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Geneva looks to cement international status

The UN is a key component of international Geneva Keystone

The Swiss government says it will continue to pull out all the stops to ensure Geneva remains a major player on the global stage.

The pledge of support comes as preparations to welcome a new United Nations human rights body to the western Swiss city gather pace.

Senior Swiss diplomats told a news conference on Tuesday that Geneva faced increasing competition from cities around the world eager to attract international organisations.

Geneva is home to a host of world bodies ranging from UN agencies such as the World Health Organization through to the World Trade Organization and the Swiss-run International Committee of the Red Cross.

Recent arrivals include the Global Fund to Fight Aids, Malaria and Tuberculosis and the permanent secretariat of the Stockholm Convention on hazardous chemicals.

But Ulrich Lehner, a senior official in the Swiss foreign ministry, warned that competition was fierce, especially from Asian cities.

“We cannot rest on our laurels,” said Lehner. “We are not alone: numerous countries and cities are interested in attracting international organisations.”

Four sectors

Blaise Godet, Switzerland’s ambassador to the UN in Geneva, said Switzerland would continue to concentrate on four sectors: disarmament, humanitarian affairs and human rights, economic and social issues, and the environment.

The Swiss are currently looking to streamline existing legislation defining privileges, immunity and financial assistance accorded to international organisations and diplomatic missions.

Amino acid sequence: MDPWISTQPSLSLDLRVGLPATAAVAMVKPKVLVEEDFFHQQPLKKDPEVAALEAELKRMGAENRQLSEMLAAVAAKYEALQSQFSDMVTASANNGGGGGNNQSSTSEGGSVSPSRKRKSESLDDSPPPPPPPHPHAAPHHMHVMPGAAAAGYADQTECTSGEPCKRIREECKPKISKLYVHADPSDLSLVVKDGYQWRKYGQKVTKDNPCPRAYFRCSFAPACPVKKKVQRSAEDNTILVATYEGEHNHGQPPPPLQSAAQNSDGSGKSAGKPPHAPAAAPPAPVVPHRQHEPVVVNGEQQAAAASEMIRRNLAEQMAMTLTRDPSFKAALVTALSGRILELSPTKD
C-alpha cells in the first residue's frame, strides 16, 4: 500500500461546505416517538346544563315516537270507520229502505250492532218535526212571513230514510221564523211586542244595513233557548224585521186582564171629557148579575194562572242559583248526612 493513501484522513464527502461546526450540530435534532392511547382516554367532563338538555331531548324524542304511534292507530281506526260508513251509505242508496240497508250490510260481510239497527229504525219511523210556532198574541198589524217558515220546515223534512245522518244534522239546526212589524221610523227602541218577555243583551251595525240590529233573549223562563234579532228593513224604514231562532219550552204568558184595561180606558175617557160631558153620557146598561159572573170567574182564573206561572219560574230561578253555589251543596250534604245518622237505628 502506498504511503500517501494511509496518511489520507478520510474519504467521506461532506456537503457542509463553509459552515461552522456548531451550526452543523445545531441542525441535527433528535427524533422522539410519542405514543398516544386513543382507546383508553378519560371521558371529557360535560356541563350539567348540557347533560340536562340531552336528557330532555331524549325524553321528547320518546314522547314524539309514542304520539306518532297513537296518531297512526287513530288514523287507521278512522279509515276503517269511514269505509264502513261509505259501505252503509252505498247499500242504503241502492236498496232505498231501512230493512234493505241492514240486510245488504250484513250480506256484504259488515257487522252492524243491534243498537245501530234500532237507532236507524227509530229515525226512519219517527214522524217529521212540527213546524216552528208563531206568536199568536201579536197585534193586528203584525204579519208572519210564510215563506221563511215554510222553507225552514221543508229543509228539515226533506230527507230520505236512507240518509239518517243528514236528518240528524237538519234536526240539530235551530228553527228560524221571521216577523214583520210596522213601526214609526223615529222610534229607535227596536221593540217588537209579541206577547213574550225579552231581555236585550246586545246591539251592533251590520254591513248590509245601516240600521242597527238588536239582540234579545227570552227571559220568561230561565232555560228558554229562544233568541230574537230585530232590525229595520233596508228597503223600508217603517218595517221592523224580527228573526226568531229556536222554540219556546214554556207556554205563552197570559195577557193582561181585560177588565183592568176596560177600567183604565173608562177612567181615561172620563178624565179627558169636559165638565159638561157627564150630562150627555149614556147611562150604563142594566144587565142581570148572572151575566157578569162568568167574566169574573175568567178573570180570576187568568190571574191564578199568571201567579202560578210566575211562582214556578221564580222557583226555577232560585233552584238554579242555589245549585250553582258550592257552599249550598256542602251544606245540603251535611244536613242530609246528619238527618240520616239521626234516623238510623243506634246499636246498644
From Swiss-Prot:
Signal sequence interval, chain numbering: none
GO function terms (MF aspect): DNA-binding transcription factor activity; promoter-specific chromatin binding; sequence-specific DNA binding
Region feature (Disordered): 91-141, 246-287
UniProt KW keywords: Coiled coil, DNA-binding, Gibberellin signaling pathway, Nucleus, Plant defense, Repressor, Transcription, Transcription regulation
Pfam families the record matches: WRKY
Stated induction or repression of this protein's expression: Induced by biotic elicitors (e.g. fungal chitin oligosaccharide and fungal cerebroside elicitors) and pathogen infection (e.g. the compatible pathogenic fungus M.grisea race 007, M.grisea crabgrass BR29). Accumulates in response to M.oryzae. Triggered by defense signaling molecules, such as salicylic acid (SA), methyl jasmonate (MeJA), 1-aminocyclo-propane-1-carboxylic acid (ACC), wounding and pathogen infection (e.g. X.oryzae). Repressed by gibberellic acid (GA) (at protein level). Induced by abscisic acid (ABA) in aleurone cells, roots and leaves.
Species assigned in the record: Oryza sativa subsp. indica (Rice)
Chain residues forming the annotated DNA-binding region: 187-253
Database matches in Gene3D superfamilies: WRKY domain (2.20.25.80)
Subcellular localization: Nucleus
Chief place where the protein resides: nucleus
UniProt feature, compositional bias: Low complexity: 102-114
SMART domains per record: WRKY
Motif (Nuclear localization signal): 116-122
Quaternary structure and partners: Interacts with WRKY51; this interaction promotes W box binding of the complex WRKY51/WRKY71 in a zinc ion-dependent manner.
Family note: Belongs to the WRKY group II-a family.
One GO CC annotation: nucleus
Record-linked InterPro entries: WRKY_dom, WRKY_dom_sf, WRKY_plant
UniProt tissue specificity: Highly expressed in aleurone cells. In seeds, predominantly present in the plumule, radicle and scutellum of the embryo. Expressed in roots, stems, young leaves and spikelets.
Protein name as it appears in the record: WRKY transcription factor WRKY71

Godet also stressed efforts taken since the September 11 attacks and bombing of the UN’s headquarters in Baghdad in 2003 to boost security in Geneva.

He said the government spent around SFr35 million ($27 million) a year protecting international organisations in the city.

“We cannot afford to be lax regarding security. Touch wood, the measures put in place guarantee a high level of security which does not infringe on the charm of international Geneva,” he said.

Human rights

Geneva is now awaiting the outcome of negotiations in New York on the creation of the new UN Human Rights Council, which will replace the discredited Human Rights Commission.

According to the latest resolution submitted last week to member countries, the first meeting of the new body would take place in Geneva on June 16.

Lehner told Tuesday’s news conference that opposition from some member countries to the new body being based exclusively in Geneva had faded.

The Swiss foreign ministry said it expected the establishment of the council to be a smooth process, adding that discussions were taking place with the Office of the UN High Commissioner for Human Rights.

“We are in the process of resolving logistical issues and the question of office space. We hope this can all be sorted out within the next few months,” said Godet.

swissinfo, Adam Beaumont in Geneva

According to the foreign ministry, there are around 215 diplomatic missions in the city and 22 international organisations have their headquarters in Geneva.

In all up to 38,000 people work in the international sector, once staff at the 170 non-governmental organisations present in Geneva are taken into account. In all they bring a financial gain to the canton of around SFr5 billion ($3.9 billion).

A number of tools are available to facilitate the arrival of new organisations, including the Building Foundation for International Organisations, which grants newcomers interest-free credit over 50 years.

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SWI - a branch of Swiss Broadcasting Corporation SRG SSR